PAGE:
Rabbi Soloveitchik was born in Volozhin. He studied there with his father, Rabbi Chaim Halevi zt”l, until the yeshiva closed in 1892. He then moved to Brisk where his profundity and sharpness of mind became well known.
At age 23, he married the daughter of Rabbi Eliyahu Feinstein zt”l, renowned rabbi of Pruzhan. He lived with his father-in-law in Pruzhan for several years . At age 31, he became rabbi of Rasin (Kovno district), replacing Rabbi Alexander Moshe Lapidus zt”l. He established a yeshiva there and, in 1913, was appointed rabbi in Choslovitz, Smolensk, where he served for eight years.
In 1918, his father, Reb Chaim, passed away in Brisk. However, the war that was still raging did not allow him to respond positively to the requests ofthe community leaders that he take his father's place. Instead, his younger brother, Rabbi Yitzchok Zev zt”l, succeeded Rav Chaim. When Rav Moshe later arrived in Brisk in 1921, he did not wish to force his brother out of the position he had already assumed and, instead, accepted the offer of Mizrachi in Warsaw to become rosh yeshiva of Beit Midrash L'Rabbonim (the Tachkemoni Yeshiva). He taught there from 1922-29.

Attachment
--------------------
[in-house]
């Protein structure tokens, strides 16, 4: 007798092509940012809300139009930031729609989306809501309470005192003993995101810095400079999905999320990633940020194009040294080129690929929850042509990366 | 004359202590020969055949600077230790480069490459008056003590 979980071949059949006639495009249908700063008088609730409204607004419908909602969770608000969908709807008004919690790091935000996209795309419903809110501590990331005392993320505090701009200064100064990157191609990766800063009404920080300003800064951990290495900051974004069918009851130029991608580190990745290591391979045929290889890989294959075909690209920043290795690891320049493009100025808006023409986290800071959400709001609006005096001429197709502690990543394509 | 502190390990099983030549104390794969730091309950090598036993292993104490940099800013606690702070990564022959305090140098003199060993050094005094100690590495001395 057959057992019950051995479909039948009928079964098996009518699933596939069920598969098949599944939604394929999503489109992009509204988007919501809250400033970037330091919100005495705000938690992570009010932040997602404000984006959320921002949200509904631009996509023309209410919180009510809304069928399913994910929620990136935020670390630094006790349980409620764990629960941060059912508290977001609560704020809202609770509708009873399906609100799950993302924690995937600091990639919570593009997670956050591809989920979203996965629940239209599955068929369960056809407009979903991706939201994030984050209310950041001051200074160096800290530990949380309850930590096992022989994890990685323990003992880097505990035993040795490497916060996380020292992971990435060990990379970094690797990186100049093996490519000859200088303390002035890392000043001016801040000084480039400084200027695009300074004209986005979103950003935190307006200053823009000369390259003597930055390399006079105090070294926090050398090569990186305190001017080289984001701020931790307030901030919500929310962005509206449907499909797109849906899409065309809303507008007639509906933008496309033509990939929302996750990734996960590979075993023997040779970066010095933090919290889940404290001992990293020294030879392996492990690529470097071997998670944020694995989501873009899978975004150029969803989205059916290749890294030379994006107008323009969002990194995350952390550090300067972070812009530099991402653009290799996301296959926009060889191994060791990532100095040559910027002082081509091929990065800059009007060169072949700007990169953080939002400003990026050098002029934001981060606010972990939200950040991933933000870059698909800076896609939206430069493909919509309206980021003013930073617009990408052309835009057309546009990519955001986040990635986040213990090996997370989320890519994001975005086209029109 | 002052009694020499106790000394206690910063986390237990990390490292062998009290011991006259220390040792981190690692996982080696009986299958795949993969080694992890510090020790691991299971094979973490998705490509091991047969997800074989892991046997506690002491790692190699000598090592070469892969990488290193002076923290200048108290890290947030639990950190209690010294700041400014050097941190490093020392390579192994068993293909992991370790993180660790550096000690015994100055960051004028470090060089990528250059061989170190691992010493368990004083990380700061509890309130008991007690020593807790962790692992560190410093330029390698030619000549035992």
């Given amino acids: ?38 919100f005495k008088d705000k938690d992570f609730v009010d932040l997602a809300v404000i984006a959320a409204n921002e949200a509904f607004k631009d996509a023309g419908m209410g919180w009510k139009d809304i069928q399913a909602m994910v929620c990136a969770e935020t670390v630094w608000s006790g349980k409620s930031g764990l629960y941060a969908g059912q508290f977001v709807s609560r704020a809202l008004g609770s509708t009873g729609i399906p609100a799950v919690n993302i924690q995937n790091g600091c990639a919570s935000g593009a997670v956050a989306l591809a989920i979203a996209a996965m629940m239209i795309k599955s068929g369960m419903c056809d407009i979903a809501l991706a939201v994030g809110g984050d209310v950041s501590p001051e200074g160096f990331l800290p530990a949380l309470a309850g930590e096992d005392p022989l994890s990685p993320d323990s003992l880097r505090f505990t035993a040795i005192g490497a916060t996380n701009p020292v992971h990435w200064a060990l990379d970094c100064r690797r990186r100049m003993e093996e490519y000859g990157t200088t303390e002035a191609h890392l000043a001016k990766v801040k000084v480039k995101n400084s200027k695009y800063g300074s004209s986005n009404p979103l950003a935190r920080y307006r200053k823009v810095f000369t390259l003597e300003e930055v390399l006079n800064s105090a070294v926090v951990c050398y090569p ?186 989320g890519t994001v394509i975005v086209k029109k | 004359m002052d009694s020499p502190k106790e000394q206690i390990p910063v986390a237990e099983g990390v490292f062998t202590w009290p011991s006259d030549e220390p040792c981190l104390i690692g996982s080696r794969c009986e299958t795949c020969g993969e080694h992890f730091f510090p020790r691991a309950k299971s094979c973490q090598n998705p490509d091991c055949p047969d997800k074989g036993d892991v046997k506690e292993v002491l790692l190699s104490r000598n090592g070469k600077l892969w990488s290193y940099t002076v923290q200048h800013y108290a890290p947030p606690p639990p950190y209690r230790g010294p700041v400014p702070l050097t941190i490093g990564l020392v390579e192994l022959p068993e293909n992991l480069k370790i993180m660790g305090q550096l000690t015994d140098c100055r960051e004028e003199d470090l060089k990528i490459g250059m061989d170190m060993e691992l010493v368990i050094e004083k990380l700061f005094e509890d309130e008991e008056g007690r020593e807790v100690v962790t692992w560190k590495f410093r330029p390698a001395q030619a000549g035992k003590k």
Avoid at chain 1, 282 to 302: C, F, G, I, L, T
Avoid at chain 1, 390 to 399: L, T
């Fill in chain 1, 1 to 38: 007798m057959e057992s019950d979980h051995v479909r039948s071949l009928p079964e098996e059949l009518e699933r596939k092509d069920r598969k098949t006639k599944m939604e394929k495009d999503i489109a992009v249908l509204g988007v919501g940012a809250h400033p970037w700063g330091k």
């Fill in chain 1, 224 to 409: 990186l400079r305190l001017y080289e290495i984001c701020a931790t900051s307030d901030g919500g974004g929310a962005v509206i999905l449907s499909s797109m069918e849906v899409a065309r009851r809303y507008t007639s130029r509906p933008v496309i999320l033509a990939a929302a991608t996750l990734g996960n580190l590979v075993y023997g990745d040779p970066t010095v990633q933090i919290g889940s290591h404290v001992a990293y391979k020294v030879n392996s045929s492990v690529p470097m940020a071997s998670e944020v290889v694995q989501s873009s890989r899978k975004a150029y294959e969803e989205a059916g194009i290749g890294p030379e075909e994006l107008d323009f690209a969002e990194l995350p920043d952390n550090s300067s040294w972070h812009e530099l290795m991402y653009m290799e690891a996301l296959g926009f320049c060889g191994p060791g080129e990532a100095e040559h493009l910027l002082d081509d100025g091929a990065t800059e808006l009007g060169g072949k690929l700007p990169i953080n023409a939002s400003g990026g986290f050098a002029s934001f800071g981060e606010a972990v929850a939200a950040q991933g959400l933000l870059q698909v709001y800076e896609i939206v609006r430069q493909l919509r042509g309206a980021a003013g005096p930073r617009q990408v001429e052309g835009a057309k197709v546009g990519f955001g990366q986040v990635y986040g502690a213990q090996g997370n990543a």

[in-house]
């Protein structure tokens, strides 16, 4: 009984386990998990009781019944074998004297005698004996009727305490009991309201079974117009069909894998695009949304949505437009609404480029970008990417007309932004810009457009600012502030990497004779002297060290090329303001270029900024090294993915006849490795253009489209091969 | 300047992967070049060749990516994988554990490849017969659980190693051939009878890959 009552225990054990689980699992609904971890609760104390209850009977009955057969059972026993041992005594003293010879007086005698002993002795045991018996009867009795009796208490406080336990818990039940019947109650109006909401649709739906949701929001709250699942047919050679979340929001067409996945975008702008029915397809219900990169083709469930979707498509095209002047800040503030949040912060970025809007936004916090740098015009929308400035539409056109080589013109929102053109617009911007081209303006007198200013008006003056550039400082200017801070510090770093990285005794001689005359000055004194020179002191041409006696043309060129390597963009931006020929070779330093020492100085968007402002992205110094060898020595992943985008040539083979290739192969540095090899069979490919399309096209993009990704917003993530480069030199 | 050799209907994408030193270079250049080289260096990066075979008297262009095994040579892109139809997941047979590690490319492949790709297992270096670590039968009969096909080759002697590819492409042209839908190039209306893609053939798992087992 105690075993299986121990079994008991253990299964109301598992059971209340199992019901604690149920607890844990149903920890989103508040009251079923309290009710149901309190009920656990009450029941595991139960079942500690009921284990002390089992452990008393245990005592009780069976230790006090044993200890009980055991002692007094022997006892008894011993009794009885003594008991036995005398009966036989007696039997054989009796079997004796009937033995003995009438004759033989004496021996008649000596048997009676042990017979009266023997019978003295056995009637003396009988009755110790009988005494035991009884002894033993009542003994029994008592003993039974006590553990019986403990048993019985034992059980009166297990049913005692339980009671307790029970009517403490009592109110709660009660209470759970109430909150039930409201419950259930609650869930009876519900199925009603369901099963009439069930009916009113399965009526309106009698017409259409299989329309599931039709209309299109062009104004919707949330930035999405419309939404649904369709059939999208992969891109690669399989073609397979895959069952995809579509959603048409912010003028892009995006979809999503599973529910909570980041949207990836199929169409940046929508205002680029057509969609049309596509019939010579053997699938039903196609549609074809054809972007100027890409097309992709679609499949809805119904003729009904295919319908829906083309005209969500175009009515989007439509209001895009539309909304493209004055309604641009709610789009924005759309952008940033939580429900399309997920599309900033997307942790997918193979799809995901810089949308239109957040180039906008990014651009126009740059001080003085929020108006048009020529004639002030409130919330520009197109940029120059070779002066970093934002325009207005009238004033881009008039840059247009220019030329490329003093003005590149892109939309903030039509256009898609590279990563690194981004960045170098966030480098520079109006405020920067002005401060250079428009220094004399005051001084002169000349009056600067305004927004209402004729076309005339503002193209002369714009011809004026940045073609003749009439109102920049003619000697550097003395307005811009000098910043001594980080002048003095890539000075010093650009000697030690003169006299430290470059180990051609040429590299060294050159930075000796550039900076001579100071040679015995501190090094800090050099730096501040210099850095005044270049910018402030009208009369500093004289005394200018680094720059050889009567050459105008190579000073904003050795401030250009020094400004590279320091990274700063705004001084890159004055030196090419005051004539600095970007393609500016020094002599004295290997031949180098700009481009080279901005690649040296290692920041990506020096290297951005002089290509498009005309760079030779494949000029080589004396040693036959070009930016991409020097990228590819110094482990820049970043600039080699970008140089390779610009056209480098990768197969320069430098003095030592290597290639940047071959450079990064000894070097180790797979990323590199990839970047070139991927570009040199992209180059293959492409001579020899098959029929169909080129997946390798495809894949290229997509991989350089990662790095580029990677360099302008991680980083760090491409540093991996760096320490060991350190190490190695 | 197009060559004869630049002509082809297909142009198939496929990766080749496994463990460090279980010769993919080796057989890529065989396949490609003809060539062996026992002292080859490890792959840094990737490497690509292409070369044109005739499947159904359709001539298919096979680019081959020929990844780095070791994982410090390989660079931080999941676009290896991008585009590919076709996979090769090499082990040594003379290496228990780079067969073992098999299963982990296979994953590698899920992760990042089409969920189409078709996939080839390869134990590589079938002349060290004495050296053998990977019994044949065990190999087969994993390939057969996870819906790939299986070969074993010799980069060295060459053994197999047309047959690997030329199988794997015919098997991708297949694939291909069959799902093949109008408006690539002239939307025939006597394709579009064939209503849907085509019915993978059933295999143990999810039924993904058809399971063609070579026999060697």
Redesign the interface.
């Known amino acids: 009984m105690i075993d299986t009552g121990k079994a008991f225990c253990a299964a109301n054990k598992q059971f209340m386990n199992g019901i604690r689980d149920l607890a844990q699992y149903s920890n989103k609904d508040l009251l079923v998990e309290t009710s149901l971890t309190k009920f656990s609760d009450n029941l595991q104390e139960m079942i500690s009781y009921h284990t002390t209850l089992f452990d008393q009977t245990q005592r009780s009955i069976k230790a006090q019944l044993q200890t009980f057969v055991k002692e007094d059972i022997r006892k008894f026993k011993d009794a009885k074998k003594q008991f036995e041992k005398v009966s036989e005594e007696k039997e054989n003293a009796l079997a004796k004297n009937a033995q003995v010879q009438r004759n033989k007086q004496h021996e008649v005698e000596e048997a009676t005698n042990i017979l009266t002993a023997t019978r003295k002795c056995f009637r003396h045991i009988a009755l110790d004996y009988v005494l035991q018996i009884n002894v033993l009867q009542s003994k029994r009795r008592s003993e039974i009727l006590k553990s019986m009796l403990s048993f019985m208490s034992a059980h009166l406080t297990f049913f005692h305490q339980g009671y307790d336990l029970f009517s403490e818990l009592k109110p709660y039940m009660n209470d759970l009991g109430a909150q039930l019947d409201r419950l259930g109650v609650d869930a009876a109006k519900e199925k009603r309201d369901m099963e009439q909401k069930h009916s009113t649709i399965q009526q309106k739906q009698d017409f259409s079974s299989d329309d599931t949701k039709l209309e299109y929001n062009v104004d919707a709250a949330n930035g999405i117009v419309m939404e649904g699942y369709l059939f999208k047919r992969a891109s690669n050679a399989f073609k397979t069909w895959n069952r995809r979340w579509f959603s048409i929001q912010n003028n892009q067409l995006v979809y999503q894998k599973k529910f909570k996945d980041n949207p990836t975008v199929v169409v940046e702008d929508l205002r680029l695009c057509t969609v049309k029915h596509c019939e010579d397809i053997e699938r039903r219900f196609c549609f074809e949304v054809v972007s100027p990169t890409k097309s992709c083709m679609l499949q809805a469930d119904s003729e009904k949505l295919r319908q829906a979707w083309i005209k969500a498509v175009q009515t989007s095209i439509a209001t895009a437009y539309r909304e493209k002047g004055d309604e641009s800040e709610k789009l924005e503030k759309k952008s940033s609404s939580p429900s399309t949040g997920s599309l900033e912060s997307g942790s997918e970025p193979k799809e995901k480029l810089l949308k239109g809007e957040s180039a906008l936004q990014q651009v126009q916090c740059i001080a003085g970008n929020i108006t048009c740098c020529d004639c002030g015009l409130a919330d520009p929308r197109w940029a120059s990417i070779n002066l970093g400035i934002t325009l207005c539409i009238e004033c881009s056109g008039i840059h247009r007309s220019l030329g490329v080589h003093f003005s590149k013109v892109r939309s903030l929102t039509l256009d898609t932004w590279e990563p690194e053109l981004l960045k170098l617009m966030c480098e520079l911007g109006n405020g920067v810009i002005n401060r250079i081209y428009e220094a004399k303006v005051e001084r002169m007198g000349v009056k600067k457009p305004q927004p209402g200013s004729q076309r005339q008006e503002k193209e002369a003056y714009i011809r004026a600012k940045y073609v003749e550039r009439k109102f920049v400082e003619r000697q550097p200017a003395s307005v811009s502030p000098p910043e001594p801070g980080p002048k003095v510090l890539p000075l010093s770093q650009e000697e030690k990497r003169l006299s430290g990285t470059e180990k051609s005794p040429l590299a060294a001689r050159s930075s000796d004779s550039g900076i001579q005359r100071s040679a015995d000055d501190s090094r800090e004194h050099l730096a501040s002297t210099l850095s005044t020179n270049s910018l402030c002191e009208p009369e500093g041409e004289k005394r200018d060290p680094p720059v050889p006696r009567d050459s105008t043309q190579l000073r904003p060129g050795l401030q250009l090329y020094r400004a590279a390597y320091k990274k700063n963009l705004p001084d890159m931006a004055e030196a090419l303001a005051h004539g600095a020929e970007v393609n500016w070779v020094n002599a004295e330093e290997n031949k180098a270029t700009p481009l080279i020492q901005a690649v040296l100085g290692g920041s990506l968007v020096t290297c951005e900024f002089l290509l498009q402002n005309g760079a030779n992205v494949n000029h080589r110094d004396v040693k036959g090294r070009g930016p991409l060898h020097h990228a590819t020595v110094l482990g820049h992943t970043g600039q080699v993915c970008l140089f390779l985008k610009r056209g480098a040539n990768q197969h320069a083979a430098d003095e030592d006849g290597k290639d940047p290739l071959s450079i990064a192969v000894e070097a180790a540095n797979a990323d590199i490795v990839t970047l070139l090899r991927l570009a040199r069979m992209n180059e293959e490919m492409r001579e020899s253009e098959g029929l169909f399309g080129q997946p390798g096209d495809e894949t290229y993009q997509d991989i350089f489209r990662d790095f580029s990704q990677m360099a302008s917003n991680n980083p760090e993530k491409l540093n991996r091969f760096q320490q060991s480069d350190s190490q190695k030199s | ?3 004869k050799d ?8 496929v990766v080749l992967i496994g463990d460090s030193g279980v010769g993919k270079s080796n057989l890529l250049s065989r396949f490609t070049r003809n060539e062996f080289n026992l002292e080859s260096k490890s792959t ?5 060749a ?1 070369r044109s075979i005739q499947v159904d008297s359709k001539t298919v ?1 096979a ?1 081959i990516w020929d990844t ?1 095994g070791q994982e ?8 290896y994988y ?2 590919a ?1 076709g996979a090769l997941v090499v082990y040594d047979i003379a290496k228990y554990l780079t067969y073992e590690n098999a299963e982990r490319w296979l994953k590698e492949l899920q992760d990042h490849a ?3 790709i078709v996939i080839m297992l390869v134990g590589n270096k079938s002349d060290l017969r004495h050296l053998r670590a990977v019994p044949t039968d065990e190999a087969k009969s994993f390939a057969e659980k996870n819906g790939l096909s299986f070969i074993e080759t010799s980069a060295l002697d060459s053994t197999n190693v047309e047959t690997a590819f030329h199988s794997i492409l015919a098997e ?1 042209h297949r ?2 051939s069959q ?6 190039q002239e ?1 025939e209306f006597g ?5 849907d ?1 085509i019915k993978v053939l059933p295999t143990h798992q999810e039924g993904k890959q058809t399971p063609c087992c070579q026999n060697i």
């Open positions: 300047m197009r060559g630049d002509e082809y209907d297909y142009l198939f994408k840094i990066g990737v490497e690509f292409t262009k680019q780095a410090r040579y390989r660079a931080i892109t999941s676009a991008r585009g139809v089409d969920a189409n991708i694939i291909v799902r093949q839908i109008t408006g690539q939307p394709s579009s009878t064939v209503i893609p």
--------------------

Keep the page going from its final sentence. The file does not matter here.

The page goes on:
In 1929, Rabbi Soloveitchik was summoned by Rabbi Bernard Revel and the leaders of Rabbi Isaac Elchanan Theological Seminary to come to America and become a rosh yeshiva in their Yeshiva. He accepted the position and gave shiurim there for 12 years, teaching hundreds of students. When he passed away, his son and student, Rabbi Yosef Dov Halevi Soloveitchik zt”l, succeeded him as rosh yeshiva.
His writings were published in the sefer Kovetz Chiddushei Torah, a compilation of his writings in various Torah journals.